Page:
Holland Reynolds didn’t plan it this way. Exhausted and dehydrated, the cross country runner steadily lost herself. Her vision came and went. The experienced runner, staggering toward the finish line, couldn’t take it anymore. She face-planted about three yards from the tape, nearly blacking out. An official immediately came to her side, letting Reynolds know that if anyone helped her cross the finish line, she would be disqualified. In Reynolds competitive mind, she only had one option. Whatever it took, she was going to cross that finish line. Not for herself but for her coach.
Jim Tracy, watched in agony from the side, willing his junior captain to somehow manage to finish. Tracy was going through his own battle. Doctors had recently told him he was dying of ALS, Lou Gehrig’s disease. He didn’t want his cross country runners to know at first, but the school thought it would be right to notify them before their season even began. Tracy, an avid runner himself, could no longer run, his muscles gradually losing function. The girls had dedicated their season to their beloved coach, and now the fate of the California State Championship all had come down to Reynolds and whether or not she would finish.
Much like Holland Reynolds, educators across the world are facing a difficult decision right now: how will the race to the end of the school year be completed? Two options are being dangled in front of you now. Option one is complete surrender. Throw in the towel early. Wave that white flag. Let the students do as they please, show lots of videos, and start counting down the days till summer. You’ll recognize this teacher smiling in the halls right now, saying things like, “Only three more Mondays!” They have already checked out. Their heart is gone. Some see the “if you can’t beat them, join them” philosophy as their only option. But it is not!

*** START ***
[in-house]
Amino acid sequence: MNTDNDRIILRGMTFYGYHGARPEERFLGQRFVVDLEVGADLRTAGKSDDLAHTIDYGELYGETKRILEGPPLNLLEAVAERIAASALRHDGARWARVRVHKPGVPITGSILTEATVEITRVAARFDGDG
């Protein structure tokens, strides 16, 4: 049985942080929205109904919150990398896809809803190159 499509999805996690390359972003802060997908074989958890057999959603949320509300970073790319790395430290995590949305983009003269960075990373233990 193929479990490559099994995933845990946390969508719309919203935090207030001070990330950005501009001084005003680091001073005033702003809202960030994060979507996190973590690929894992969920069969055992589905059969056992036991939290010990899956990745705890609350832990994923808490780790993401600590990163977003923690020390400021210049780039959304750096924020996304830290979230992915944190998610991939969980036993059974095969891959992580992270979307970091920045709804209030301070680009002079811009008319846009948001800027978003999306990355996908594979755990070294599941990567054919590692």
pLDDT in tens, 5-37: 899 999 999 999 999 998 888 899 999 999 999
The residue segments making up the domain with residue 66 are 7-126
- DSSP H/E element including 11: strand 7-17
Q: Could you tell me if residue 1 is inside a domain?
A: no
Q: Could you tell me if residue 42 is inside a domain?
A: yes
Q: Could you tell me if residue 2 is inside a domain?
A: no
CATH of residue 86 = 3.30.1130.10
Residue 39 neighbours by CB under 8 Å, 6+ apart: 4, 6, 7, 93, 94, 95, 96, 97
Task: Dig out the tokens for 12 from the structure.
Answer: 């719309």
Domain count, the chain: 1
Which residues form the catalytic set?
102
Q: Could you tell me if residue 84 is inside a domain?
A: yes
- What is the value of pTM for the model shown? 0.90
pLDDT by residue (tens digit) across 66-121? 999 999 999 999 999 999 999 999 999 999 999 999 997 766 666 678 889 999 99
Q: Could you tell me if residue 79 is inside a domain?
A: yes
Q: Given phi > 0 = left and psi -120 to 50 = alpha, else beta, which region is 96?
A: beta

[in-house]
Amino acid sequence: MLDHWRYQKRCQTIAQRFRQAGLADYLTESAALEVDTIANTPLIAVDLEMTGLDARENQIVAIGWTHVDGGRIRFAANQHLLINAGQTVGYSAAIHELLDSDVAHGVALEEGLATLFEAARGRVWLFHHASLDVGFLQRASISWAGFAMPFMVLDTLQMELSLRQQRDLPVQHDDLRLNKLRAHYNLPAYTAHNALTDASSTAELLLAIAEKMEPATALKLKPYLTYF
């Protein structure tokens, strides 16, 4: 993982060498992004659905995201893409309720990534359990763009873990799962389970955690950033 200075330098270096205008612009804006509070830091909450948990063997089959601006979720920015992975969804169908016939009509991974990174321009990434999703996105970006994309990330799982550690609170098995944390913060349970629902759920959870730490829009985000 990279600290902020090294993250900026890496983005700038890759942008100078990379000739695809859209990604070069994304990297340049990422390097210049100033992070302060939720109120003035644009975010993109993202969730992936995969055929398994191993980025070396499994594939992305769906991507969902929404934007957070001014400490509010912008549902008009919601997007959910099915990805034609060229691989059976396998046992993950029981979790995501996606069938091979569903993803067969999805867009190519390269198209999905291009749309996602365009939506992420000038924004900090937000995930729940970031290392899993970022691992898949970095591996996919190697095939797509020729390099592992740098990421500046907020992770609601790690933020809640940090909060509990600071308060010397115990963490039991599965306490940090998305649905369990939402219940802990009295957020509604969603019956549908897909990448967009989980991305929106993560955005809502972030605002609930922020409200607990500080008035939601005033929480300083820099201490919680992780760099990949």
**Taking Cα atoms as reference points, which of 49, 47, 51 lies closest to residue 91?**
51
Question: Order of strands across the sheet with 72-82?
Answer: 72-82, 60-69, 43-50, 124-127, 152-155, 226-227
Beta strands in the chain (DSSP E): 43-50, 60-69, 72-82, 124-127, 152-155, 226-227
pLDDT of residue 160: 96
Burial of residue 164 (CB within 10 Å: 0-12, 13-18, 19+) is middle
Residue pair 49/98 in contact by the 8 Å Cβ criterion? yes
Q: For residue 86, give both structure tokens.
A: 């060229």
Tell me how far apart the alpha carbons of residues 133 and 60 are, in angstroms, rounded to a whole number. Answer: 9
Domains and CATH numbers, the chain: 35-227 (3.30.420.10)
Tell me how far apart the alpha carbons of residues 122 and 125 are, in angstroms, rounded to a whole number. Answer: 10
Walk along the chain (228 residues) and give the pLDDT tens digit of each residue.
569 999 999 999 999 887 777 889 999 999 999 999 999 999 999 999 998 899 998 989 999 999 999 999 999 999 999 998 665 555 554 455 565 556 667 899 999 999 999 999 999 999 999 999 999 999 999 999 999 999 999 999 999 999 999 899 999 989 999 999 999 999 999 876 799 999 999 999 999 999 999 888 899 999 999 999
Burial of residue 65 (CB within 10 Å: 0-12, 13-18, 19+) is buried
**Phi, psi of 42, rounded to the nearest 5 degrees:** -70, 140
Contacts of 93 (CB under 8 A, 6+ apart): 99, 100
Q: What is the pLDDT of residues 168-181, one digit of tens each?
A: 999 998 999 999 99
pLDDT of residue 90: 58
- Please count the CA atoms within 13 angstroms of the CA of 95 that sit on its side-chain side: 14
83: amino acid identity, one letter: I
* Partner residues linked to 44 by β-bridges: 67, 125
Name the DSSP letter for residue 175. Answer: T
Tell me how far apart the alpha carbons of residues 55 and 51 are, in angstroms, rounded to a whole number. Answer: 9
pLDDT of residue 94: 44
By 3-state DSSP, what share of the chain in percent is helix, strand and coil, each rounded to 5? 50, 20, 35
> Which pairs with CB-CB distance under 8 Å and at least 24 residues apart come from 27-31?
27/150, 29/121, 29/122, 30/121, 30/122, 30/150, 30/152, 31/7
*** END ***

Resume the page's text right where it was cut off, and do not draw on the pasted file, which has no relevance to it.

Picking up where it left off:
Paul states, “Do you not know that in a race all the runners run, but only one receives the prize? So run that you may obtain it” (1 Corinthians 9: 24). Paul entertains a much more fulfilling option here, a choice that will leave a lasting impression on your students. That choice is to finish strong, to buckle down and utilize intentional moments we are blessed with. Crack that whip if needed. Encourage fruitful discussion. Inject as many life lessons as you can. Praise successes, lovingly challenge those students who are already checking out, and spill every bit of your heart into your lessons. Simply put, the Christian teacher refuses to quit.
Wobbling on weary limbs, Holland Reynolds rose to her hands and knees. Her first movement forward was the hardest. She didn’t know if she had it in her. But somewhere deep inside a voice screamed out that quitting was not an option. Courageously, Reynolds began crawling forward, the finish line a mere few feet in front of her. Inches in front of her. Coach Jim Tracy could do nothing but will his last runner across the tape, and Reynolds did. She finished the race and was immediately rushed to the hospital to be treated for dehydration. It was there that her teammates met her letting Reynolds know that her finish had helped them win Jim Tracy’s 8th California State Championship.
What will you be doing these last few weeks to leave a legacy? I will throw out an idea that my wife actually gave me. Have each students’ name written down on a sheet of paper with plenty of space provided beneath each one. Have the students pass around this sheet of paper, writing positive adjectives or traits that they see in each kid. Once the list is complete, type it up, print it, laminate it, and present it as a gift to each student. Don’t even tell them what your purpose is. Let it be a surprise gift to them on the last day of school. I will never forget one year a former student brimming with the brightest smile you’ve ever seen, repeating over and over, “Which one of you thinks I’m a sweetheart?!?!”
The end of the school year is upon us. The race is not over. Don’t quit on your kids now. Be a Holland Reynolds, doing whatever it takes to cross the finish line. Be a Jim Tracy, still coaching your heart out when everything in your body tells you otherwise. Be a Paul, passionately spreading the gospel from prison with a full heart. Paul knew that his time on earth was coming to a close when he wrote to Timothy. In that letter, he wrote, “I have fought the good fight, I have finished the race, I have kept the faith” (2 Timothy 4: 7). Only a few weeks left to make a difference. Finish strong!
Jim Tracy (red jacket) with his California State Champion team (Holland Reynolds is next to Tracy)
(View the Holland Reynolds story “The Finish Line” below.)